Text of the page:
Ten things I wish my friends knew about being Māori. Trinity Thompson-Browne
I wish my friends knew that I’ve been classed as white or Pākehā and asked “are you Māori?” so many times it makes me want to scream.
I wish my friends knew that when they ask me what “percentage” of Māori I am—half, quarter, or eighth—they make me feel like a human pie chart. I don’t know how people can ask this so nonchalantly, but they do. So I want to let you know: this is a very threatening question to many Māori. With the subtext of “your Māoritanga is quantifiable, it is measurable out of 100% or in fractions,” it feels very dehumanising being asked this and it hurts. A lot. So many Māori already feel estranged from their roots and culture, unable to bridge this gnawing chasm of distance internally. So when you ask me “how much Māori are you?” you’re adding an ocean of salt to the wound. If you’re struggling to get where I’m coming from, maybe this will help. Imagine Te Reo is a person: Kia ora, I’m Te Reo and I grew up in Aotearoa. Along with her is her best friend, Ahurea (culture). Now I didn’t grow up with Te Reo. She was a distant cousin that dropped by to say kia ora every Christmas, but that was about all I saw of her in my childhood and early adolescence. Ahurea I saw a bit more of. She was the neighbour that lived down the road from me. Sometimes we’d play outside before dinner time, but then my family moved away and I lost touch with her, and after we moved I didn’t see Te Reo at Christmas either. Now I’m in my 20s and I'’e moved back to my childhood town in the hopes of reconnecting with Ahurea and getting to know Te Reo. Our reconnection is pretty strained at the moment though; that whole ‘it’s not you it’s me’ thing. I struggle to bring myself to knock on Ahurea’s door because when I look into her eyes all I feel is guilt for not keeping in touch. I’m happy to see her, don’t get me wrong, but there’s this constant feeling that she resents me and that I didn’t go a good enough job staying connected. With Te Reo it’s even worse because she’s a part of me I never really knew. And while I’ve moved back specifically to reconnect with them, that doesn’t erase the deep sense of guilt or disappointment I feel inside. Even though they’re a part of my story, there is no way to get back the years we didn’t spend together... To those who ask, “how much Māori are you?”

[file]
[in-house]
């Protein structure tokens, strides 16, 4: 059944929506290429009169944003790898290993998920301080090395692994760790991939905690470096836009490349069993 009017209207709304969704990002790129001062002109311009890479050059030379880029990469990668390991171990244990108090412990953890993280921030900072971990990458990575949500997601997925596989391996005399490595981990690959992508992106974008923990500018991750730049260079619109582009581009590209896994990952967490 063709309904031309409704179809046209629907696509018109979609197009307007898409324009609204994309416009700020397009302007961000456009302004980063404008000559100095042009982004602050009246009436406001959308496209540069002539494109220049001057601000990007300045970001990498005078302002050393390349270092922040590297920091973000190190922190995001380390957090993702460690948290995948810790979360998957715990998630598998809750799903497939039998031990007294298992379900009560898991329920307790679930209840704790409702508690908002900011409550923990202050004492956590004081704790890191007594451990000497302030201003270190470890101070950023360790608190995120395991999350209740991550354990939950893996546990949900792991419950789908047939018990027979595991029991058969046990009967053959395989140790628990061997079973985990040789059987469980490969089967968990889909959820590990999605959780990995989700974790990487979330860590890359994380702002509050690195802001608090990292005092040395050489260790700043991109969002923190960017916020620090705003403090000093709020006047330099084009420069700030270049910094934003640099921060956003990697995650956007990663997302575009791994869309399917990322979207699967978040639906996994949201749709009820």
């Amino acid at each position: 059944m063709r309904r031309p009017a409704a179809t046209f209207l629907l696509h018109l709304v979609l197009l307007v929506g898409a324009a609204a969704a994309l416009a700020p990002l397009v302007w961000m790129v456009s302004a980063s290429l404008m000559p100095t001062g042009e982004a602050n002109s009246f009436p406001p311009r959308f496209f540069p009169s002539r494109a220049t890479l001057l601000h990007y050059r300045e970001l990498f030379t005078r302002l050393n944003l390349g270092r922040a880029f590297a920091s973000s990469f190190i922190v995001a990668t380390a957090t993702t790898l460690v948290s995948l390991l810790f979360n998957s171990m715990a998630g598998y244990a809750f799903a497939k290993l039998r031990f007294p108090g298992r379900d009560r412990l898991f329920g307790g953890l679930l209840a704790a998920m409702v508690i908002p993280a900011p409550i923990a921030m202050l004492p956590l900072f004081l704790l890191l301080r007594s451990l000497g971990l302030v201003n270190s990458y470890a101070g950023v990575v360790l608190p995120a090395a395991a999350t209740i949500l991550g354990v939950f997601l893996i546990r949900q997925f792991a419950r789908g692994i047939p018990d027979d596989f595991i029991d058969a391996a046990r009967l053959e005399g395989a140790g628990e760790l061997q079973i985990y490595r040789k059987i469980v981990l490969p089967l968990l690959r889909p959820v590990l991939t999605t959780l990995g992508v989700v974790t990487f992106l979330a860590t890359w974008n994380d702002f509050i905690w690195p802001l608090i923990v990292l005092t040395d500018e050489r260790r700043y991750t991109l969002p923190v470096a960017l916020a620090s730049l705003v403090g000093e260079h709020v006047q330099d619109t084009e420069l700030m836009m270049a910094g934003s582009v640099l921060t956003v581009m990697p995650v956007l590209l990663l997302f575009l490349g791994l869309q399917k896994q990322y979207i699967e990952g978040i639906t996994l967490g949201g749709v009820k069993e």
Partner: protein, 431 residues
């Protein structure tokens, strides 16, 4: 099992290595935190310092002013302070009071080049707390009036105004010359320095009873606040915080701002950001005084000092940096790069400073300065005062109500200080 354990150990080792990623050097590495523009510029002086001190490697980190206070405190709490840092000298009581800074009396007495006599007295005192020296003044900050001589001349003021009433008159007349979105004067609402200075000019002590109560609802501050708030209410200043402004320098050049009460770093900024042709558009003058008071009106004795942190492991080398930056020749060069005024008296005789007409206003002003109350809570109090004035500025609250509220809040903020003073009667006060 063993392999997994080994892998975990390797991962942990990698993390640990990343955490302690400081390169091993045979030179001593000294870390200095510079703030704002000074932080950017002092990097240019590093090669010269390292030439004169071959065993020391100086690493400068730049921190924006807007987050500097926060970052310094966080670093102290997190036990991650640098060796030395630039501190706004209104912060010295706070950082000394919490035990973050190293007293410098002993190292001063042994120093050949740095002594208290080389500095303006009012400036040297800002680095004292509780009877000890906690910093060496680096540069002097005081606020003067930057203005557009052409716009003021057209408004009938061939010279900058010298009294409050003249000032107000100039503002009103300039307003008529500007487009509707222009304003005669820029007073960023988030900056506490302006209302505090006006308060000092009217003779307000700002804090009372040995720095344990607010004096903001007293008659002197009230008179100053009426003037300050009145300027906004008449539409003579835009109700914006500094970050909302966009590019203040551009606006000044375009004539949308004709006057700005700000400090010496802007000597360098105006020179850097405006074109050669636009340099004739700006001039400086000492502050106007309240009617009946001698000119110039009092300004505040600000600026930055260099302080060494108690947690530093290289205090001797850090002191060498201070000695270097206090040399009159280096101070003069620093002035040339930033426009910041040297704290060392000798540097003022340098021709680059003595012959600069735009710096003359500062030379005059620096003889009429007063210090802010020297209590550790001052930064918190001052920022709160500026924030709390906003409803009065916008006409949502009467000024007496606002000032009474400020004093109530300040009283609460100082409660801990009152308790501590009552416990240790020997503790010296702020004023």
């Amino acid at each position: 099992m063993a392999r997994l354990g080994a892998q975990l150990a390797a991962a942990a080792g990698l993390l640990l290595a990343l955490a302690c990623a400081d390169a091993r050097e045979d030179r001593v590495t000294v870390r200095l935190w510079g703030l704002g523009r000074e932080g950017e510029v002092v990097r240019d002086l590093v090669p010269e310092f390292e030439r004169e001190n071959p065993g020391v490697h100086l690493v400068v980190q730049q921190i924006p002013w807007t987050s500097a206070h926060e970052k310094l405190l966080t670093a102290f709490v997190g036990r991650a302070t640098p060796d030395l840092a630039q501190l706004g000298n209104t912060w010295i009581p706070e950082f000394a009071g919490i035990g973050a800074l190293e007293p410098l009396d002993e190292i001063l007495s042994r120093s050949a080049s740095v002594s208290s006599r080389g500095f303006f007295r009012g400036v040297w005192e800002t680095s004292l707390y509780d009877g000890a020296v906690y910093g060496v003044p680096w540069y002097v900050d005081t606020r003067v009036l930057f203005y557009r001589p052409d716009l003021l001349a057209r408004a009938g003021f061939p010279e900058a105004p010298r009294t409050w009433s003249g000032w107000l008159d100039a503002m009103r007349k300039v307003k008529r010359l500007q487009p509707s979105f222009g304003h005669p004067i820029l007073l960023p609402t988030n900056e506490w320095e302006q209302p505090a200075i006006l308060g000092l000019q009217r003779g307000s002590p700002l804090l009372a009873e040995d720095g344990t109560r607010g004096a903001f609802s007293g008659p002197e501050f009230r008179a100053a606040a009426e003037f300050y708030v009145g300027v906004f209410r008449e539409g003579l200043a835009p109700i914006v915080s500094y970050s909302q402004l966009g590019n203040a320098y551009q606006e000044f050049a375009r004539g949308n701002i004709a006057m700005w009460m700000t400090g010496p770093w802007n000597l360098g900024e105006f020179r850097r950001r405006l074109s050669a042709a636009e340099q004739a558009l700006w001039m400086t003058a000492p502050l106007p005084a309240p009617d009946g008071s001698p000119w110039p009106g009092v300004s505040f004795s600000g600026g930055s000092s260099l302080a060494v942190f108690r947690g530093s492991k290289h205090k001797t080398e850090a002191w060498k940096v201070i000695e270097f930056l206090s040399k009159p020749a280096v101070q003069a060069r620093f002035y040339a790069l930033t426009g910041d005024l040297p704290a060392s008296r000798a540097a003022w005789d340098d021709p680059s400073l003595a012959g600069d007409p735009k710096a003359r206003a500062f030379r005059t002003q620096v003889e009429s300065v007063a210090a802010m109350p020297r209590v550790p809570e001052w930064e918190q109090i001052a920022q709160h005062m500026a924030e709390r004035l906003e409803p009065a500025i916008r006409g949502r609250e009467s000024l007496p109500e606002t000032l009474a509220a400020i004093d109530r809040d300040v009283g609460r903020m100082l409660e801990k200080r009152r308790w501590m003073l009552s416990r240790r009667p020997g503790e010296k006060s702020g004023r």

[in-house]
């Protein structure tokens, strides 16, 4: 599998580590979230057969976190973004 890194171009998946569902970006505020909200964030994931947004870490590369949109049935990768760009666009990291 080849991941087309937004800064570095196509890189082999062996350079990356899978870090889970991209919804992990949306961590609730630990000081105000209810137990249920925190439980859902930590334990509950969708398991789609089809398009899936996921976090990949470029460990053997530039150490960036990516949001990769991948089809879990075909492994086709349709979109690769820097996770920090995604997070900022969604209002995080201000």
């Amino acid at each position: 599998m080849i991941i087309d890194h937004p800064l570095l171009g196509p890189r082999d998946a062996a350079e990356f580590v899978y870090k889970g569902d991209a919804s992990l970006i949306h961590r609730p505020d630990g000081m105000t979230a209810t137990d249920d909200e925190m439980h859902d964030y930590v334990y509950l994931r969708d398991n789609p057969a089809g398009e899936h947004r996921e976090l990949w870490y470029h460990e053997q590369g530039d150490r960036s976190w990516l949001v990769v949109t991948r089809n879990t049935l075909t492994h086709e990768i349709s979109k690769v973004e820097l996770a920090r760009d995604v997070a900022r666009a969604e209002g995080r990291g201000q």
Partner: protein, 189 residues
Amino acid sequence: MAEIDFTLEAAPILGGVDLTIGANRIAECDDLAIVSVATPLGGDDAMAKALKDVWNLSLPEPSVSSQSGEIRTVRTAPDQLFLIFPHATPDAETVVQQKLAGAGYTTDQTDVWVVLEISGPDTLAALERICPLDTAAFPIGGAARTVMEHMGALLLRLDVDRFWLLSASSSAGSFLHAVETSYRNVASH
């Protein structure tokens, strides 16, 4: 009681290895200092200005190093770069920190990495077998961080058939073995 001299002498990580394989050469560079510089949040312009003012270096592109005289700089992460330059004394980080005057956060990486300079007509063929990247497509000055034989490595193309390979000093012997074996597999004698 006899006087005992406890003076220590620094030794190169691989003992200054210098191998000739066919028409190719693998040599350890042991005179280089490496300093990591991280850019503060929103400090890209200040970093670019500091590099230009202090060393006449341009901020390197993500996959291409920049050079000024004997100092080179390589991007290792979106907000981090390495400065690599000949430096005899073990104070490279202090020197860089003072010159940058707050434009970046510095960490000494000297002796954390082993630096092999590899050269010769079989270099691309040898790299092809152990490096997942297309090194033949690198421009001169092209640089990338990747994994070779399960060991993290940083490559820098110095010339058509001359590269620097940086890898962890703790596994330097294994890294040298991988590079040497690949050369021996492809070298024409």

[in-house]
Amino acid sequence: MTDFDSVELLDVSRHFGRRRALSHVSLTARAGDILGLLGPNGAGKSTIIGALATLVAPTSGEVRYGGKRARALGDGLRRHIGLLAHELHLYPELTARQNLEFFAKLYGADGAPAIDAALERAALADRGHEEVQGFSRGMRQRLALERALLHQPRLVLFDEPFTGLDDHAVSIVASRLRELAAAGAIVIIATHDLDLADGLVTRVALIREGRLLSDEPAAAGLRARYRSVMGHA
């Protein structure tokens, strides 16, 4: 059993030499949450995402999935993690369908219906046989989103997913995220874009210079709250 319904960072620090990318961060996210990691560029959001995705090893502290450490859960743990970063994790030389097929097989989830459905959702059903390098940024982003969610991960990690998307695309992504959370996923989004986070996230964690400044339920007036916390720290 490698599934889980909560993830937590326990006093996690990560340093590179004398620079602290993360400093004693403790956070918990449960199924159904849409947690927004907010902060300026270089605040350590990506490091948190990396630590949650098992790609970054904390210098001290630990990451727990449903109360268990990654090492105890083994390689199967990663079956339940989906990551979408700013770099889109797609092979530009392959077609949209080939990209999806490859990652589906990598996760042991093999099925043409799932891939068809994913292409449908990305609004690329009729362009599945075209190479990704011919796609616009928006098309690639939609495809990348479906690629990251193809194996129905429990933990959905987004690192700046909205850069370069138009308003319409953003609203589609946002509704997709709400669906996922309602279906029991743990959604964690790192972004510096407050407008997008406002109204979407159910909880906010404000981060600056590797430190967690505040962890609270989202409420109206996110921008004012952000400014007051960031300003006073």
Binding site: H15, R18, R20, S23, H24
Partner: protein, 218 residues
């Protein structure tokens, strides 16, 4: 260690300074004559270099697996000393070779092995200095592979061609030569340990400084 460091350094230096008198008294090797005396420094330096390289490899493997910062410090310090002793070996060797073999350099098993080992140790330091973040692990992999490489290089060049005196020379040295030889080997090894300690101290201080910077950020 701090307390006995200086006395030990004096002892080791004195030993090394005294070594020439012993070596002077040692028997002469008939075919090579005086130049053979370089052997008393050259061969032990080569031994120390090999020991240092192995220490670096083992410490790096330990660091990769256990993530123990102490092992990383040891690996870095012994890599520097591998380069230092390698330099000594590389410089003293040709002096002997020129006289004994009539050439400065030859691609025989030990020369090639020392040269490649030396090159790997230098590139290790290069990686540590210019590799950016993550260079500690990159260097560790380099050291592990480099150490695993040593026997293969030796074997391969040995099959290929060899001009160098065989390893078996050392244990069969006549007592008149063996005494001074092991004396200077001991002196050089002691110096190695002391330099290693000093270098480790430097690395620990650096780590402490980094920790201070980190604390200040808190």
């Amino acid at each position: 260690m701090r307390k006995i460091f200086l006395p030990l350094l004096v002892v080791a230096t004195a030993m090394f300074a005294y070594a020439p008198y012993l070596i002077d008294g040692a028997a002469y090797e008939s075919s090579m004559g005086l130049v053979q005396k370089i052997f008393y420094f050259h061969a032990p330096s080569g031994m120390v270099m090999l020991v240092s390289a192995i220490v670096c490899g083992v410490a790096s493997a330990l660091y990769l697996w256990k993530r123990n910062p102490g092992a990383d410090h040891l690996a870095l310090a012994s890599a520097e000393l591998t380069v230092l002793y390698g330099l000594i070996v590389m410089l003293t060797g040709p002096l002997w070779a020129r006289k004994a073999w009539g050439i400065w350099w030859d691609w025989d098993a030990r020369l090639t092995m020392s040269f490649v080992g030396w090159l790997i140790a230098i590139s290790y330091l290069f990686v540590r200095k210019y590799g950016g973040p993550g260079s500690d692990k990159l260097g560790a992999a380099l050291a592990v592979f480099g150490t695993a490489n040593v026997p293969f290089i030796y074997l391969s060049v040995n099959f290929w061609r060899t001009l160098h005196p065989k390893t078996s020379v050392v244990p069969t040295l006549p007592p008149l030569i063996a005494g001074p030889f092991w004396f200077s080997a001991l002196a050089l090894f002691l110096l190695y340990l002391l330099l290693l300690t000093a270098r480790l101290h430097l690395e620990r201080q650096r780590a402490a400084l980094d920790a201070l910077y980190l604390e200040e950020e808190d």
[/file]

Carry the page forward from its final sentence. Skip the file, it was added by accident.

The best way to put this is that it feels like my culture, not you, is asking that question. It’s as if the eyes staring at me are those of Ahurea, asking point blank, “are you Māori?” Or bluntly stating, “you don’t look Māori” / “You’re white.” It makes me think, am I not Māori enough to be recognised by my own people or Pākehā friends? Has Ahurea rejected me? Is it because of my Pākehā upbringing? Every time someone asks this question, or states the obvious, these questions and emotions are rehashed. It’s totally not on anyone to figure this out because people aren’t mind readers but, if you have friends who are Māori and don’t look it, just be aware that this could be something they too feel but are unable to express.
I wish my friends knew that my Kapa Haka group was sometimes laughed at during our performances at assemblies and end of year high school ceremonies. It’s why I’ve never gone back to it; I left Kapa Haka the day high school ended. The worst part was I loved it deeply. It made me feel free, confident, passionate, and proud of who I am all at the same time. But there’s something about people lowering your culture in their minds, to the degree where they see it as an object they can ridicule without remorse, that really deflates a person. Their laugher embezzled the love I had for my culture and filled me with shame for trying to express it. I can’t bring myself to go back to Kapa Haka yet, but I will. This piece is one of my attempts to bridge the breadth of space between Te Reo, Ahurea, and I.